Mona studied design and architecture (hence, her shirts’ architectural details). Her design heroes are Rudi Gernreich, James Galanos, Jil Sander, Rei Kawakubo, Yohji Yamamoto, and Romeo Gigli. Mona is a big fan of The Row, Khaite, Gabriela Hearst, and Comme des Garcons which is her favorite store in New York. Even though Mona’s company is based in Los Angeles, she considers it a New York/European style line. “People used to think of the California market as swimsuits, blue jeans, and tie-dye.

That dramatically changed with the denim explosion in 2004, but it’s still a challenge to alter perceptions,” observes Bruce. To help with that “challenge,” the couple hired Linda Cohen to be their sales manager/consultant. Linda hopes to bring more awareness to the company and a more prominent presence in New York, and she wants to make sure they are in the right stores and have suitable social media.

Mona Thalheimer Scarf Tie Shirt in Gray Two-Ply Silk, $470

Linda has a very varied fashion and retail background. She has worked with wholesale companies, owned several stores on Long Island. Linda believes in the company, is passionate about the high-quality product, and loves it’s made in the USA (Los Angeles, to be exact).

Linda sees the tremendous potential, and she adores Bruce and Mona. “Mona is authentic. She is all about love and goodness, a beautiful soul who loves life and loves art. She takes everything in,” says Linda. “I looked at this amazing woman who never had the right support around her, and I wanted to help her move forward.”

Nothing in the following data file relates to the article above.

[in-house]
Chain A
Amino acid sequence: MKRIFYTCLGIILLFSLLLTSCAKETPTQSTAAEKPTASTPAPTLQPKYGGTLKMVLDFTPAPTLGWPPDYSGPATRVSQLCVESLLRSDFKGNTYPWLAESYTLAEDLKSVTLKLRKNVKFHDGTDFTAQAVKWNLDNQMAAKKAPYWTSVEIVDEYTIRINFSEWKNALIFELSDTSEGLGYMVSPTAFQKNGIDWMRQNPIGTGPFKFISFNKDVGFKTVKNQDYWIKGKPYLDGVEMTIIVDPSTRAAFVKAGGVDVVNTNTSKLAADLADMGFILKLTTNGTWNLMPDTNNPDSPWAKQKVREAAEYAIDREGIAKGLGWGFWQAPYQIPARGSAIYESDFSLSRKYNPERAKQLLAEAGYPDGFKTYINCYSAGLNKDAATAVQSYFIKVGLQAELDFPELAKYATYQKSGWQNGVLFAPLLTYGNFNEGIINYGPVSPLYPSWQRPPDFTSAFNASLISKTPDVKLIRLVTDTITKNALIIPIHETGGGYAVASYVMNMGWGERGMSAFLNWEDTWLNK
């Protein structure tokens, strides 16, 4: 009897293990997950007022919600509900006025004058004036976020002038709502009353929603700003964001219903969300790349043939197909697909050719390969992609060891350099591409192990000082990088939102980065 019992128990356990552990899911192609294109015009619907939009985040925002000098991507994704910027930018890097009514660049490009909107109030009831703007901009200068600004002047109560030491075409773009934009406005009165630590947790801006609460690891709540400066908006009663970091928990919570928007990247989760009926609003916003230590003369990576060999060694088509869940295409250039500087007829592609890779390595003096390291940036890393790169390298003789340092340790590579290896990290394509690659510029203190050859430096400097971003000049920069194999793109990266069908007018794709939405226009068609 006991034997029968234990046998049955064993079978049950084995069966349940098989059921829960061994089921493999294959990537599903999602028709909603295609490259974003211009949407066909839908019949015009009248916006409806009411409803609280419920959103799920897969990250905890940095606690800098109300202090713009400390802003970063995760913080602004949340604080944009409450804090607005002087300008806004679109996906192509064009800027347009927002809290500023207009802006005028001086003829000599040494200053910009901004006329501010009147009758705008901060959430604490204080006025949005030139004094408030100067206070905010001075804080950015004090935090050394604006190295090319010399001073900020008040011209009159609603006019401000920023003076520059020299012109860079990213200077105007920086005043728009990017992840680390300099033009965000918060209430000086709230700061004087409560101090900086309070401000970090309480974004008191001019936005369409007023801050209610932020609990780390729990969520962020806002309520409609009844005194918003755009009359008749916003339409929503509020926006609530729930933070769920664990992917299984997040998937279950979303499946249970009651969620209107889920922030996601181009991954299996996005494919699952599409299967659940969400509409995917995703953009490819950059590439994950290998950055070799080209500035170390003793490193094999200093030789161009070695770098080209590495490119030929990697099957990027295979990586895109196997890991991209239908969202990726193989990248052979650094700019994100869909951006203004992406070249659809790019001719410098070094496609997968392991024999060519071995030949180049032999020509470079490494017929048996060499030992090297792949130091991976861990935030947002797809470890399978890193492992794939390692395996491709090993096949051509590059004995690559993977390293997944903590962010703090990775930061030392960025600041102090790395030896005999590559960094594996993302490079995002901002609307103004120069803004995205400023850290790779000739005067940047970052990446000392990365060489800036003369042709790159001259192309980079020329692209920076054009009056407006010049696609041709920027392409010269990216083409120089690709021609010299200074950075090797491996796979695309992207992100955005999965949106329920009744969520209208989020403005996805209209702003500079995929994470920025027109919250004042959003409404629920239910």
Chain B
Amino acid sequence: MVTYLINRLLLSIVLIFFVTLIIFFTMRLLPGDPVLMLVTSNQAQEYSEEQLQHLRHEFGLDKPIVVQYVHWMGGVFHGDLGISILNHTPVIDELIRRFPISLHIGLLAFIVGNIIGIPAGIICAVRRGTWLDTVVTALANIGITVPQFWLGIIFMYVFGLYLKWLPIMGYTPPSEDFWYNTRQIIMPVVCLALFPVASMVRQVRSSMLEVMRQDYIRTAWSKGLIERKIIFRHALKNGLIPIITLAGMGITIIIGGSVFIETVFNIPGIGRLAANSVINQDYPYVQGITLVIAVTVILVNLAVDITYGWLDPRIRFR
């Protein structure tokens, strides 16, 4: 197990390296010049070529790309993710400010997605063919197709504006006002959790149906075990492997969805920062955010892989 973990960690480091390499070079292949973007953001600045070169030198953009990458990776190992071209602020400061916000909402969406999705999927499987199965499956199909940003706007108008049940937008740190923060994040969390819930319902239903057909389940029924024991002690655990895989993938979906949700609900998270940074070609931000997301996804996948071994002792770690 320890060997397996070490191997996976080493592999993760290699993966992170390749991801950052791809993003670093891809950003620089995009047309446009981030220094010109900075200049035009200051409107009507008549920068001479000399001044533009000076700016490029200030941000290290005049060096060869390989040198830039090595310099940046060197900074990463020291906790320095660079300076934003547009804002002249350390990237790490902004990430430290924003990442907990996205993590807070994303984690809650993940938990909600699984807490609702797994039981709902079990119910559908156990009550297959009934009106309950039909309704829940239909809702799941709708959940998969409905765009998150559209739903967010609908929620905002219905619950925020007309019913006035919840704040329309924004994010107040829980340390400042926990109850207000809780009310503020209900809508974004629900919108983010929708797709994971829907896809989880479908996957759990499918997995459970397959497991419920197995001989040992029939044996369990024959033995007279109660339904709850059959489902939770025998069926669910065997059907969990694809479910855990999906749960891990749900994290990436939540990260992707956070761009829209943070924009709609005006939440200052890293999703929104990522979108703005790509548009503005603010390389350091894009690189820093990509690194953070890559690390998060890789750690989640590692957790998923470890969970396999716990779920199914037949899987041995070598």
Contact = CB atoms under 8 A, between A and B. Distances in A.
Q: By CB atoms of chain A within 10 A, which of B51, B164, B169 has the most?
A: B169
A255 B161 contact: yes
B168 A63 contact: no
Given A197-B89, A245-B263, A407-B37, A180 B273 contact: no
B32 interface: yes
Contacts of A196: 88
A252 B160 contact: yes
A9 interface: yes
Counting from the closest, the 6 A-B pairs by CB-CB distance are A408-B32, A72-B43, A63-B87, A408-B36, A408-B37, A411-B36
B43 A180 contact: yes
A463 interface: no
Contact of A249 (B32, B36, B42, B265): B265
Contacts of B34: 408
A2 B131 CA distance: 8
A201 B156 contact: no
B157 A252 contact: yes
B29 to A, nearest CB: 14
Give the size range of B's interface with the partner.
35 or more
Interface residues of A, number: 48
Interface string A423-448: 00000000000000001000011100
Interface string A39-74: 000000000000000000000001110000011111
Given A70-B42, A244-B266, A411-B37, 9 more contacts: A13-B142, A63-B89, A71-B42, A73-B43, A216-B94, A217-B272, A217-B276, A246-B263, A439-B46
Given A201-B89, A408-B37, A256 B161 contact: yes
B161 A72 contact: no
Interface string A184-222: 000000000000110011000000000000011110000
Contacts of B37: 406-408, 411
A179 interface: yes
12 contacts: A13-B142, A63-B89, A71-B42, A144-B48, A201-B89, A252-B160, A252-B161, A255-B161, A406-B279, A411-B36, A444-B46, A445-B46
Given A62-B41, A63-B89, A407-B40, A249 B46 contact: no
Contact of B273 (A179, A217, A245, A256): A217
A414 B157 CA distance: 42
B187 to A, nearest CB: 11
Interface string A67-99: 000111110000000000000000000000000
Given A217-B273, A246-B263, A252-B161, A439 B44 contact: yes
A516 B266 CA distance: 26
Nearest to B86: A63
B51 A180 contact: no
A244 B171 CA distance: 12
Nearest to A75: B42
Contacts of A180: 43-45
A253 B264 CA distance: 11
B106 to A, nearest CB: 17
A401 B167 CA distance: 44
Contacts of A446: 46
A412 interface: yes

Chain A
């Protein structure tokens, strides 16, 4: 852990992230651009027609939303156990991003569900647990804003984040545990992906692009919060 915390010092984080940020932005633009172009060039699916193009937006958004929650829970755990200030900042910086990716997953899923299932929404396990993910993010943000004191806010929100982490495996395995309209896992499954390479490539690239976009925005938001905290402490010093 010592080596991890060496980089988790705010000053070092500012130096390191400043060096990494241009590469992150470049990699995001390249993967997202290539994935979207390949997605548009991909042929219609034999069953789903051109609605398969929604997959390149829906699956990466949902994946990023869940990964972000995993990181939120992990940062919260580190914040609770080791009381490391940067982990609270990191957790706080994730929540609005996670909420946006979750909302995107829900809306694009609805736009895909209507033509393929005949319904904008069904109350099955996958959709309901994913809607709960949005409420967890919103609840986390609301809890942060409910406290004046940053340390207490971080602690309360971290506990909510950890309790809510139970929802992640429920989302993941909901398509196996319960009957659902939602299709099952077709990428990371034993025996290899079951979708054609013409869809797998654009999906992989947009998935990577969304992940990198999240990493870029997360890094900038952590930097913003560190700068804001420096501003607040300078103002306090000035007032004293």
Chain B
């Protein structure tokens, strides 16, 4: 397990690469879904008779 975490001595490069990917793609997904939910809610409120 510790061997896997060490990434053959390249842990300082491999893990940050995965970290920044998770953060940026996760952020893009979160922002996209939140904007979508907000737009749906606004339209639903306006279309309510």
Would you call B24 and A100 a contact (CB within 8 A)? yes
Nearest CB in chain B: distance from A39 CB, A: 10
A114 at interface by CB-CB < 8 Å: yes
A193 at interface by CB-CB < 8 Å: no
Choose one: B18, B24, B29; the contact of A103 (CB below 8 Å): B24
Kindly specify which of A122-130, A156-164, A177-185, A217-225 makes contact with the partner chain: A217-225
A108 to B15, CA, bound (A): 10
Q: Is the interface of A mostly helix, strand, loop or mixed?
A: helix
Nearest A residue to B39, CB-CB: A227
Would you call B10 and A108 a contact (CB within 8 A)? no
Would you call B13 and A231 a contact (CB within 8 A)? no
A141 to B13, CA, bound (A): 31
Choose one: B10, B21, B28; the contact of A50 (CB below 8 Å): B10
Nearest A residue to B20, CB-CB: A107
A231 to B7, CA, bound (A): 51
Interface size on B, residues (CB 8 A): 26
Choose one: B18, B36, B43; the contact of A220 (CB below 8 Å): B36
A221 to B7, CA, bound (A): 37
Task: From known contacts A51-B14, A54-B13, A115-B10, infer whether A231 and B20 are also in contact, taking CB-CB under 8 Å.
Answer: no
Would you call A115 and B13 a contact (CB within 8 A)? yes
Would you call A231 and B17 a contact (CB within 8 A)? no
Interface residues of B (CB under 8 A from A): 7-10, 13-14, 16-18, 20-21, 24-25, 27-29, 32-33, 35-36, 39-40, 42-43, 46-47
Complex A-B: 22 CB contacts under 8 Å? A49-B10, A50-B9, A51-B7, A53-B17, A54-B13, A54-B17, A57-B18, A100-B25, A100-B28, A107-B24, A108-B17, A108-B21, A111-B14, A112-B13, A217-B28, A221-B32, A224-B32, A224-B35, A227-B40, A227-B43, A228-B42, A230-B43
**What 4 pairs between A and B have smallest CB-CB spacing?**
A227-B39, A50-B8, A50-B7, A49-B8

Mona Thalheimer Fall 2019 Ready-to-Wear

FYI, among Mona’s many fans are the actress Madeleine Stowe, who is also a personal friend, and Janice Dickinson. In Dickinson’s first book, “No Lifeguard on Duty: The Accidental Life of the World’s First Supermodel,” Dickinson wrote that Mona is the best designer she knows.

Bruce admits that they haven’t done much to reach out to well-known stars for publicity but instead focused on building a unique company that appeals to a discerning customer looking for high quality rather than just labels. In a world that has become increasingly athleisure, Mona wants to bring back chic. She wants women of all ages to wear and feel great in her clothes.

Mona Thalheimer Liberty of London Shirt, $345

Linda feels that the collection’s strength lies in the solid colored crisp cotton shirts offered in white, black, navy, and gray. There are also shirts of 2-ply silk and striped shirts in navy and white and gray and white. For spring, Mona added cheery Liberty of London prints, and they are doing very well.

Mona also designs dresses ($365-$425), focusing on shirtdresses, and because she is a fine tailor with a couture background every fall, they add two light wool blazers priced at $535-$550. The Liberty shirts range between $325-$375 retail depending on style. The basics are $250-$325.00. The more novel shirts from $375-$475.00.

Mona Thalheimer Shirt in White Japanese Cotton, $470

The classic core styles are available on their website, and their more special and seasonal pieces are selling at small “A-level” stores and “super high-end boutiques,” across the country. They love the idea of being small enough to allow for personalization for the stores and customization for the clients. Here in Manhattan, the line will soon be available at Edit New York, 1298 Madison Avenue,

In April of 2021, Mona donated approximately $30,000 worth of her classic shirts to UCLA front-line responders. I guess you can say she’ll give the shirt off her back, literally!

Marilyn Kirschner

I am a long time fashion editor with 40+ years of experience. As senior market of Harper's Bazaar for 21 years I met and worked with every major fashion designer in the world and covered all of the collections in Paris, London, Milan and New York. I was responsible for overall content, finding and pulling in the best clothes out there, and for formulating ideas and stories.